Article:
AELE LAW LIBRARY OF CASE SUMMARIES:
Civil Liability
of Law Enforcement Agencies & Personnel


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Police Plaintiffs

    Given eyewitness accounts of him drinking and the presence of an open bottle labeled as containing alcohol in a police officer's personal vehicle when he was stopped, there was probable cause to administer a breathalyzer test, as a reasonable person would have believed that he had committed a DUI. He was only charged with driving with an open container of alcohol when the breathalyzer detected no alcohol, and the open container charge was dropped when the liquid in the bottle was shown to have no alcohol. A police deputy superintendent who ordered him prosecuted was entitled to qualified immunity under the circumstances. Seiser v. City of Chicago, #13-1985, 2014 U.S. App. Lexis 15473 (7th Cir.).
     Police officials did not violate the Fourth Amendment rights of police officers by searching them after the residents of a home that they were searching accused him of stealing $1,750 in cash during the search. A reasonable person in the plaintiffs' position would not have feared arrest or detention if they had refused the defendants' request to search them for the money. The fact that one of the plaintiffs agreed to the search only because he was taking a nonprescription supplement to clean his colon and therefore had an immediate need to use the restroom and couldn't do so until he had been searched did not turn what occurred into a "seizure." Carter v. City of Milwaukee, #13-2187, (7th Cir.).
     Airline and airline security provider did not breach any duty to protect police officer who worked at airport baggage terminal when they allegedly failed to physically inspect a passenger's checked bag containing unlabeled and unreported chemicals which allegedly emitted smoke which injured officer when he opened bag after it remained unclaimed at baggage area. Di Benedetto v. Pan Am World Service, Inc., #03-7031, 359 F.3d 627 (2nd Cir. 2004). [N/R]
     Police officer seeking to sue city for failing to provide him with proper respiratory or protective equipment, causing him to be injured by exposure to toxic substances in the course of his work related to the rescue and recovery operations from the September 11, 2001 attack on the World Trade Center adequately showed a reasonable excuse for his delay in filing the required notice of claim, and that the city had knowledge of the essential facts of his claim given the circumstances of destruction stemming from the attack, the well-publicized allegations of toxic substances in the smoke and debris, and the similar health claims made by many rescue workers. O'Halloran v. City of New York, 770 N.Y.S.2d 583 (Supreme Court, N.Y. County, 2003). [N/R]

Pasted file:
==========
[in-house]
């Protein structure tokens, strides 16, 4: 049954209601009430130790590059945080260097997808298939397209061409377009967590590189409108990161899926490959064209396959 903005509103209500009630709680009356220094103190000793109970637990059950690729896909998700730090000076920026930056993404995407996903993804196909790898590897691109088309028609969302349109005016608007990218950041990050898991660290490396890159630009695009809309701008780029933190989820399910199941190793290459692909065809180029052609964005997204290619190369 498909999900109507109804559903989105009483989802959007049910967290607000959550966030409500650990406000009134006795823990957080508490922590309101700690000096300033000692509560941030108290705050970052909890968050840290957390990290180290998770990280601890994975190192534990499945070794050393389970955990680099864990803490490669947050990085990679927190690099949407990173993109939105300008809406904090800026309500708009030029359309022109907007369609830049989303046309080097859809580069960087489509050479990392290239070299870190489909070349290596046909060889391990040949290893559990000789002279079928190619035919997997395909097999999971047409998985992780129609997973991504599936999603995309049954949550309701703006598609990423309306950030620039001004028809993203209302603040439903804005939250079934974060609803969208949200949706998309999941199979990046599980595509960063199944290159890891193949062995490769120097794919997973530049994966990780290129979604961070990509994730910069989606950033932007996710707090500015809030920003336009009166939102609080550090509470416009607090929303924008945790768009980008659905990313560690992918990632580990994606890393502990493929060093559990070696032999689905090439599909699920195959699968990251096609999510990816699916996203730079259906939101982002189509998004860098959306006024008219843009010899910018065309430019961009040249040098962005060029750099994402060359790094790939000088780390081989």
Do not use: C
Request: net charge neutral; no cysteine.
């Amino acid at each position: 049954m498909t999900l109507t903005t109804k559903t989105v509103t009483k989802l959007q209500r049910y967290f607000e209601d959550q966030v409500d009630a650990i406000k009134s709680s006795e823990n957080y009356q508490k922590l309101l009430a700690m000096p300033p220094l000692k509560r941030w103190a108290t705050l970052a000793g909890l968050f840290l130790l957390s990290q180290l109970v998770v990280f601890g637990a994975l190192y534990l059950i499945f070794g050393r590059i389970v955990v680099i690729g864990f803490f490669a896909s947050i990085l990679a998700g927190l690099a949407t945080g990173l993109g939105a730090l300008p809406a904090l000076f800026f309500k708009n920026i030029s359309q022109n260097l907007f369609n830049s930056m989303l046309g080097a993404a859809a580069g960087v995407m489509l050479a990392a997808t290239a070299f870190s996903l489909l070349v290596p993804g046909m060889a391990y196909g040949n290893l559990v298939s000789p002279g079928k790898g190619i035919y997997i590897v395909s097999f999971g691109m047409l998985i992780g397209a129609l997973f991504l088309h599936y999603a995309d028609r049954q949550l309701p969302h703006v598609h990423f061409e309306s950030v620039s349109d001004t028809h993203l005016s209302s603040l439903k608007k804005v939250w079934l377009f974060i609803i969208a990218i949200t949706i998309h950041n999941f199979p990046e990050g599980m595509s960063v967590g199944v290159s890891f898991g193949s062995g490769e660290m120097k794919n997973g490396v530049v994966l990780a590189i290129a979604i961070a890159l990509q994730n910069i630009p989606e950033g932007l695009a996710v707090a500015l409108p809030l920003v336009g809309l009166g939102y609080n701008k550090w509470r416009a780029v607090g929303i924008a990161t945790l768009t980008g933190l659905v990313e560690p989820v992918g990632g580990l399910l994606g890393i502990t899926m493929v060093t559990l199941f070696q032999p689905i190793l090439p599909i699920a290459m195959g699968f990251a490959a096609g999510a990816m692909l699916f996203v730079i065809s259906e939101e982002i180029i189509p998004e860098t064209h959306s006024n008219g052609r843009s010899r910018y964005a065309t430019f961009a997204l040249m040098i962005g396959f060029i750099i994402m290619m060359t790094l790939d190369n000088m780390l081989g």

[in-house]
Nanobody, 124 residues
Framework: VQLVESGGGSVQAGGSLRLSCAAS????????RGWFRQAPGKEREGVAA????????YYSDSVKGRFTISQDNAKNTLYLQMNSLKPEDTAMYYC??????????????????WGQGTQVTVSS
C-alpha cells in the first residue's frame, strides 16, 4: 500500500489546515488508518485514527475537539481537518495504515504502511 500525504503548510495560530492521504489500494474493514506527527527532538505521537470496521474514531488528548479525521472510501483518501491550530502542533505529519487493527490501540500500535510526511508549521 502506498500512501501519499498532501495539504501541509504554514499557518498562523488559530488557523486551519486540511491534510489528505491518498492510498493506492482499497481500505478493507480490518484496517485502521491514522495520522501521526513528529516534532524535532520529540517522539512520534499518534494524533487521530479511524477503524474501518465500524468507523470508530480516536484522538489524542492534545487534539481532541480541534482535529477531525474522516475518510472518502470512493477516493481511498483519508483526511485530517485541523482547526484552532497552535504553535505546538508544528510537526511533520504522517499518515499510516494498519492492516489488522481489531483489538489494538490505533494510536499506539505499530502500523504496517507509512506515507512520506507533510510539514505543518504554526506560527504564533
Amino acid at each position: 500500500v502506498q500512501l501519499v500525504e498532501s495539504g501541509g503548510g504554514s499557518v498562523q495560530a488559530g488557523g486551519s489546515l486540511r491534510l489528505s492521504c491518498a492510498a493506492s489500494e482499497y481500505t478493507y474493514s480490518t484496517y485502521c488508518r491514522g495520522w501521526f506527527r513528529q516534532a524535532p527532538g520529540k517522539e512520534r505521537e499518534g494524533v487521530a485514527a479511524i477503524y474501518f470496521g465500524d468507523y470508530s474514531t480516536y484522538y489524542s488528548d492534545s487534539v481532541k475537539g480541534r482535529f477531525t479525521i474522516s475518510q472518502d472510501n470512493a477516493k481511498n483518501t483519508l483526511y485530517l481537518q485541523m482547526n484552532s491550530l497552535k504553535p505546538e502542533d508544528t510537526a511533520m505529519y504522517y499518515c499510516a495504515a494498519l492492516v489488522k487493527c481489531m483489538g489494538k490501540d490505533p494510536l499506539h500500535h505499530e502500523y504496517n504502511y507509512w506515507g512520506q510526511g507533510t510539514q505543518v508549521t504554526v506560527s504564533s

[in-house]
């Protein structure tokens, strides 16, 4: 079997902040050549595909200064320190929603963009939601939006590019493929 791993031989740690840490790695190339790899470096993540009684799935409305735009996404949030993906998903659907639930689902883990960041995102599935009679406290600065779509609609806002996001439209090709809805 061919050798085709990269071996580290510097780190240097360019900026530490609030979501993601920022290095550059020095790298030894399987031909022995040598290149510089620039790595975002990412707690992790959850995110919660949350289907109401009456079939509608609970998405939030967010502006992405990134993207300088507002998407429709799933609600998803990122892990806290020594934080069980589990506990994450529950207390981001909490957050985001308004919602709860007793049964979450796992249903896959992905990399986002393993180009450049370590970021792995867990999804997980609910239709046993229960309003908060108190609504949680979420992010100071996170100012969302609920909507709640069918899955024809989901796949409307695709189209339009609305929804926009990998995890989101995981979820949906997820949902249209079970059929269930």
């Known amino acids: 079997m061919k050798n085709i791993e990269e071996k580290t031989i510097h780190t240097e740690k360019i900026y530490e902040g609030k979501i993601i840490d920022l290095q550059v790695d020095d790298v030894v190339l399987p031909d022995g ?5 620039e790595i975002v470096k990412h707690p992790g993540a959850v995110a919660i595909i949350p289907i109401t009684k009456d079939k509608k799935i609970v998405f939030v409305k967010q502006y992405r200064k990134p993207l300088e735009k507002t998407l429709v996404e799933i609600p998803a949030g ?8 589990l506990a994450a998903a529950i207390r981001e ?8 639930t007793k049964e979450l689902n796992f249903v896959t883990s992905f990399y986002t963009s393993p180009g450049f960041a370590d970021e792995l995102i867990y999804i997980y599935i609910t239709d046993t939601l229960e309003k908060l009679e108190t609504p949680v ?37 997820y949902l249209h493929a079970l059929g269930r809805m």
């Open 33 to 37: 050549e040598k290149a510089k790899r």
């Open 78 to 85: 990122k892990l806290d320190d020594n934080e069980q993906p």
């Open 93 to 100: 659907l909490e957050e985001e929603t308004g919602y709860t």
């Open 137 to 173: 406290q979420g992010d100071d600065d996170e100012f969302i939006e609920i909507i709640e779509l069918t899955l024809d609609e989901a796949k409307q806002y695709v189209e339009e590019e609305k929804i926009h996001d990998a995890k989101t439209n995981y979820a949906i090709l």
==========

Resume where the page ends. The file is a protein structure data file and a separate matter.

Police officer's work conditions were "abnormal" for purpose of a benefits recovery for psychic injury when credible gang death threats were received by both the officer and his child. City of Pittsburgh v. Logan, 810 A.2d 1185 (Pa. 2002). [N/R]
     Bar owner held liable for $4.5 million to injuries off-duty officer suffered from attack by patron when he went there to celebrate his graduation from SWAT team training. Zelaya v. U.S. Euro Micro Ventures, No. 00-32681(6), Miami-Dade County, Fla., Circuit Court, Feb. 26, 2002, reported in The National Law Journal, p. B4, May 13, 2002.  [2002 LR Aug]
     Transit authority could be sued under Federal Employers' Liability Act (FELA), 45 U.S.C. Sec. 51, for injuries police officer suffered while providing security for parking lot authority maintained at railroad station. Greene v. Long Island Railroad Co., No. 00-9292, 280 F.3d 224 (2nd Cir. 2002). [N/R]
     347:171 California officer burned by flung hot fryer oil while breaking up a fight in restaurant kitchen is awarded $1.2 million in damages against restaurant owners. Yamaguchi v. Chaiyut Harnsmut, No. 305-476, (San Francisco County, Calif., Super. Court), reported in The National Law Journal, p. B4 (July 30, 2001).
     335:172 Motorist's meritless "police brutality" lawsuit against officer, in which he tried to bribe witnesses to give fabricated testimony, was deliberately intended to injure the officer; debt arising from officer's lawsuit against the motorist for "vexatious litigation" therefore could not be discharged in bankruptcy. Amaranto, Debtor, In Re, 252 B.R. 595, 2000 Bankr. LEXIS 1029, 2000 WL 1285632, Bankr. L. Rep. (CCH) P78,268 (Bankr. D. Conn. 2000).